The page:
By Jonathan Watts

The Guardian (UK) 2010-06-07

Opinion: Increase in health literacy crucial; reducing infant mortality is laudable, but if we fail to teach healthy eating habits, kids will develop diabetes

By George “Chip” Morris

Journal Sentinel (Milwaukee, WI) 2010-07-24

Regular consumption of calcium supplements increases risk of heart attack by about 30 percent, analysis of 15 studies involving 12,000 people suggests

By Nathan Gray News Media 2010-07-30

USDA researchers exploring cinnamon, other spices for beneficial effects on insulin levels, related functions

By Mike Stones News Media 2010-07-23

Hospitals push to limit antibiotic use in livestock, pledge to improve quality, sustainability of food served; sector spends $9.6 billion on food and drink annually

By Monica Eng

Chicago Tribune 2010-07-18

Democrats quarrel over BPA amendment, stalling bill that would give FDA power to recall tainted food, quarantine geographic areas and access food producers' records

By Julian Pecquet

The Hill 2010-07-19

Moral licensing is emerging field of study that probes good/bad balance sheet in our heads that allows us to order Quarter Pounder and fries - with Diet Coke

By Michael S. Rosenwald

The Washington Post 2010-07-18

High blood levels of vitamin D, sunshine vitamin, may cut risk of developing Parkinson's disease by 67 per cent, says study

By Stephen Daniells News Media 2010-07-13

Opinion: Behavioral economics has its limits - with obesity, we focus on food labeling rather than mustering political will to change relative price of healthful, unhealthful foods

By George Loewenstein and Peter Ubel

The New York Times 2010-07-15

Scientists gather information on microbes that infuse us, linking some to obesity, others to reduced incidence of autoimmune disease in children who live on farms

By Carl Zimmer

The New York Times 2010-07-13

Hedonic or homeostatic? Scientists use brain imaging to understand how lure of food can overrule body's mechanisms that regulate hunger, satiety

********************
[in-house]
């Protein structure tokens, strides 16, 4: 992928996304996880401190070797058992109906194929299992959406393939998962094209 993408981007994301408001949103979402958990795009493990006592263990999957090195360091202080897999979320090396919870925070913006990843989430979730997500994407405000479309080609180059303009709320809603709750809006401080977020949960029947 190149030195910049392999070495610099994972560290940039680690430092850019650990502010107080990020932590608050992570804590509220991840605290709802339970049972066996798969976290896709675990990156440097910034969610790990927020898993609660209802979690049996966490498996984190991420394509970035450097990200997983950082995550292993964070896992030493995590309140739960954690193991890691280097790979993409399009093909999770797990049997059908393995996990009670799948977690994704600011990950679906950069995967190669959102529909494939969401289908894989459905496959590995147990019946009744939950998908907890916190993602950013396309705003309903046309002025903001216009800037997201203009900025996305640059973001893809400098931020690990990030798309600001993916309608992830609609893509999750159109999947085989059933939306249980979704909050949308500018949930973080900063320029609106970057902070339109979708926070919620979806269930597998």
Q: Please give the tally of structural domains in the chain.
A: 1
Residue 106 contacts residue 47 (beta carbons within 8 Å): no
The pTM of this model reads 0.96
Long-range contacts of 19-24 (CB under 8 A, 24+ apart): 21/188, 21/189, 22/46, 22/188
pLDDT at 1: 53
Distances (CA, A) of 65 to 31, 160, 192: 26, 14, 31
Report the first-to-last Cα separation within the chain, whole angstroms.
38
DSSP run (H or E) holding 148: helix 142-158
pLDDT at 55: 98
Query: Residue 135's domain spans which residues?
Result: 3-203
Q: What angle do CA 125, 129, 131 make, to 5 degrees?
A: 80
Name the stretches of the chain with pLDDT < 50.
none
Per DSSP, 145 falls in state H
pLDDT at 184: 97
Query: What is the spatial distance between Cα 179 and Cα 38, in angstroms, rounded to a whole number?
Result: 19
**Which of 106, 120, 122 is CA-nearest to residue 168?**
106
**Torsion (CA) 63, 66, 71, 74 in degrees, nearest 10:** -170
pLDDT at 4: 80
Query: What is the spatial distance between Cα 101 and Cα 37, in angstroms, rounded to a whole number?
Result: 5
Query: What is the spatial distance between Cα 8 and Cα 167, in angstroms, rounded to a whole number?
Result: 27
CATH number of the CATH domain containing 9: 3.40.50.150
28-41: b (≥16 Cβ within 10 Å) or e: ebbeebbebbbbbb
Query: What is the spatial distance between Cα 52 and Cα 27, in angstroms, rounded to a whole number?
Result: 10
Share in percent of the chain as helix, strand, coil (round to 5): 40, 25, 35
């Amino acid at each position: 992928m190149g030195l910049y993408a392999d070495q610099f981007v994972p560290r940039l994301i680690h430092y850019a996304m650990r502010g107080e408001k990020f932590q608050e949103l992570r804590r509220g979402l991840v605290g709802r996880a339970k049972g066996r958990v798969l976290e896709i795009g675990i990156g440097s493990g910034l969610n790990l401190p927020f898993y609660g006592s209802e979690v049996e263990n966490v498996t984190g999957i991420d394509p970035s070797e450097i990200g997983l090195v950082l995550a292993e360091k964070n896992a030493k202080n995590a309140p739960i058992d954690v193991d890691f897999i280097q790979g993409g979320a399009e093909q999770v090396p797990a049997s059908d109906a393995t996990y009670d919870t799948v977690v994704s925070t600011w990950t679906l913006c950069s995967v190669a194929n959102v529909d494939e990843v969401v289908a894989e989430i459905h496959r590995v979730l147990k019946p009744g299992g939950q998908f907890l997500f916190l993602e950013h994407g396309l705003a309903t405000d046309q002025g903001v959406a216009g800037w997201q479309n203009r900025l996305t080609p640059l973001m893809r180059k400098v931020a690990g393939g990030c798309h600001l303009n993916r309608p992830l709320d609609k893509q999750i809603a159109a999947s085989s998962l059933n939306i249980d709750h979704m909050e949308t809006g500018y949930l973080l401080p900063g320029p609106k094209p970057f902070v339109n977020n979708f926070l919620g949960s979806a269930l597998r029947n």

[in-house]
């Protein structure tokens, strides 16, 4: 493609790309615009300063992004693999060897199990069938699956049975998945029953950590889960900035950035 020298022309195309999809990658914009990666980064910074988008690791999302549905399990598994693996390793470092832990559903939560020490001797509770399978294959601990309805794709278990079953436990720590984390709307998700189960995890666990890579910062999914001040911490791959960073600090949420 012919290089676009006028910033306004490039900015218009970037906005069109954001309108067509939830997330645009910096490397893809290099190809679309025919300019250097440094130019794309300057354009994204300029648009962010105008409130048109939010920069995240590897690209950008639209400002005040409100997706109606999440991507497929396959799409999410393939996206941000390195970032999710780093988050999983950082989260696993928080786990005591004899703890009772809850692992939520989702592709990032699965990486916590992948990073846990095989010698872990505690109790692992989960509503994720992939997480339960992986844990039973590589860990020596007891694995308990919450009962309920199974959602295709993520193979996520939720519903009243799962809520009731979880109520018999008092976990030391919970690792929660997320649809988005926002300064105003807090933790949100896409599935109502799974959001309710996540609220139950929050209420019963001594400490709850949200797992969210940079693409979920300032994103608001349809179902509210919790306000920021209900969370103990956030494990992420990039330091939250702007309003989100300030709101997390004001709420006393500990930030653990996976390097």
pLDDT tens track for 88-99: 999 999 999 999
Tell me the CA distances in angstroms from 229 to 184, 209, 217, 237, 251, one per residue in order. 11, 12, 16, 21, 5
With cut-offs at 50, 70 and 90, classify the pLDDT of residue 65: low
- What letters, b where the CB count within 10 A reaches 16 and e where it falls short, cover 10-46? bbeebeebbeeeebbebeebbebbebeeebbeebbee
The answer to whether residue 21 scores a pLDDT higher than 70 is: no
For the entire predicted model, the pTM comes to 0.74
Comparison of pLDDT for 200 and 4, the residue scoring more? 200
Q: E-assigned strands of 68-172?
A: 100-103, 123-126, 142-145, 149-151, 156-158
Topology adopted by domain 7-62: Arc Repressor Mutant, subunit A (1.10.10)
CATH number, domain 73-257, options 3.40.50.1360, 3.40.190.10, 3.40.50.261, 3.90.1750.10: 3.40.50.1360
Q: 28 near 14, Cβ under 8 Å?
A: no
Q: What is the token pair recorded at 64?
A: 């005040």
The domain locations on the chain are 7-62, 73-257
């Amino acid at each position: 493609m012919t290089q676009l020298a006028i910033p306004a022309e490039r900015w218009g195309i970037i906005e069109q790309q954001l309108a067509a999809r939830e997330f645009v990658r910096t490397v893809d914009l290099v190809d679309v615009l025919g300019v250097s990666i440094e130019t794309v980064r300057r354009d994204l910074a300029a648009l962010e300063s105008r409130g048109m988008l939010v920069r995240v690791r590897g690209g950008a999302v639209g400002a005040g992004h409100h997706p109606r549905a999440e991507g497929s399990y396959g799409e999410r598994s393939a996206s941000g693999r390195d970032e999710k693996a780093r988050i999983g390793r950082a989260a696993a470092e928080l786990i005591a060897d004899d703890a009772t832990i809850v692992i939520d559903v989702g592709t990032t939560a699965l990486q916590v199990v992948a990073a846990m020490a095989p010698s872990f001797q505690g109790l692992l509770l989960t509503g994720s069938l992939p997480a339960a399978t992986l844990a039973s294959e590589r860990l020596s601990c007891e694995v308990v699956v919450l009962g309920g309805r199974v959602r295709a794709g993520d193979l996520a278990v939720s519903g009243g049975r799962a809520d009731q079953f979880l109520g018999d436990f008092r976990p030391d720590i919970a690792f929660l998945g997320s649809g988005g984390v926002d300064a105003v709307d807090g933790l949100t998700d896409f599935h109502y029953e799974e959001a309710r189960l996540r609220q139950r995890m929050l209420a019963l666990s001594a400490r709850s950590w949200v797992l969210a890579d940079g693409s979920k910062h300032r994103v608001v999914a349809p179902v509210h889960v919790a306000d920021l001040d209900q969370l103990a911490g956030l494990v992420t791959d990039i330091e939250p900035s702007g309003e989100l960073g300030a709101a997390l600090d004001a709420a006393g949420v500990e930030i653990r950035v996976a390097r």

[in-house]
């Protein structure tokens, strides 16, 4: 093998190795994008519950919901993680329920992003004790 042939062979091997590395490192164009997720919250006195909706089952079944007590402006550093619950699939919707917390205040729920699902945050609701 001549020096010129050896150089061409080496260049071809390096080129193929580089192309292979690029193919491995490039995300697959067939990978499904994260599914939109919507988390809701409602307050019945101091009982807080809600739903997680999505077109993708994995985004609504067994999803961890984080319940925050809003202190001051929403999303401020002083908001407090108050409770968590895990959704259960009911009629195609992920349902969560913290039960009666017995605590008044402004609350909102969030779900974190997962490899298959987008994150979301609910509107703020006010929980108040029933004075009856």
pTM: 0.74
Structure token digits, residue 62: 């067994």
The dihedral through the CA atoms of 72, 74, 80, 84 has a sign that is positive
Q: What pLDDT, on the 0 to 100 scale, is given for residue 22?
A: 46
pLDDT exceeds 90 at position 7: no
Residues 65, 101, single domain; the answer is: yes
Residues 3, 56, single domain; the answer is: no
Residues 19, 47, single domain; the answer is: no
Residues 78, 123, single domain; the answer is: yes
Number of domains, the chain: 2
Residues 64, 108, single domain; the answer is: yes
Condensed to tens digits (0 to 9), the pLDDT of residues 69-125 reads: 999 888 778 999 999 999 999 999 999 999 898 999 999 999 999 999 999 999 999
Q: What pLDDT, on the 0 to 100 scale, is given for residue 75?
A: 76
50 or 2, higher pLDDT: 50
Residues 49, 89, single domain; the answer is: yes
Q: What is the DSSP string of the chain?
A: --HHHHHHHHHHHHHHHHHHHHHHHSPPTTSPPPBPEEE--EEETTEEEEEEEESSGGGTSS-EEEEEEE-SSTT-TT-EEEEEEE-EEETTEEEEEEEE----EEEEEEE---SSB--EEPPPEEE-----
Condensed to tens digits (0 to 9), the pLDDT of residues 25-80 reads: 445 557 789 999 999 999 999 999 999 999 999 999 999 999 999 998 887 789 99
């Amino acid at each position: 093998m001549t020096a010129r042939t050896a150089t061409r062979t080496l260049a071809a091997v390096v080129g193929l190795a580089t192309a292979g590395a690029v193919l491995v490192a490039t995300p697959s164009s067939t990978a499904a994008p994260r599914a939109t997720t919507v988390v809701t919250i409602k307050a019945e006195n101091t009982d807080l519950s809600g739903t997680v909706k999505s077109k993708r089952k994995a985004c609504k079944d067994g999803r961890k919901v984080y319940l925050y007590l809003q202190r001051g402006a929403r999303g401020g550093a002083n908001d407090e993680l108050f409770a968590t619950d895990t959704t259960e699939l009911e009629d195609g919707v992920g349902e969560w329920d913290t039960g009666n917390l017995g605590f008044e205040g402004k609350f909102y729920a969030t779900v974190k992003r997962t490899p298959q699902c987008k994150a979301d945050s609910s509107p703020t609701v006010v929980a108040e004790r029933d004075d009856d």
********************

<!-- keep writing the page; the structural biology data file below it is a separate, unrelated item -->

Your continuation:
By Melinda Beck

The Wall Street Journal. (may require subscription) 2010-07-13

DNA retrieved from discarded slice of pizza led Los Angeles police to suspect in Grim Sleeper serial killings

By Maura Dolan, Joel Rubin, Hector Becerra, Andrew Blankstein, Richard Winton and Robert Faturechi

Los Angeles Times 2010-07-07

Opinion: New health care law, with prevention panel, could turn current "sick care" system into one that helps keep people healthy

By John Seffrin, Larry Hausner and Nancy Brown

Politico 2010-06-15

Government makes $250 million available for preventive health care programs, including those targeting behavior, obesity, fitness

UPI 2010-06-23

As FDA mulls antibiotic rules, ethanol industry frets over residue left in distillers grains, a lucrative byproduct of industry and major source of feed for beef, dairy cattle

By Philip Brasher

The Des Moines Register 2010-05-30

Processed food industry using "delay and divert" strategy to defend salt, its low-cost way to create tastes, textures that work with fat and sugar to achieve flavors that grip consumers and do not let go

By Michael Moss

The New York Times 2010-05-30

Though cheap food is pillar of economy, it is increasingly contested by groups citing its costs to society, environment, public health, animal welfare and gastronomy

By Michael Pollan

The New York Review of Books 2010-06-10

Dow-funded study warns of dioxin in beef, vegetables raised in Michigan's Tittabawassee floodplain; elevated levels in people linger after 10 years

By Eartha Jane Melzer

The Michigan Messenger 0000-05-11

Give preference to organic food, microwave in glass containers and not plastic, check for radon levels in home, cancer panel says

By Nicholas D. Kristof

The New York Times 2010-05-06

Mainstream sentiment in U.S. against high-fructose corn syrup pushes manufacturers into reformulating common products; sales of sweetener jump in Mexico

By Melanie Warner

The New York Times 2010-04-30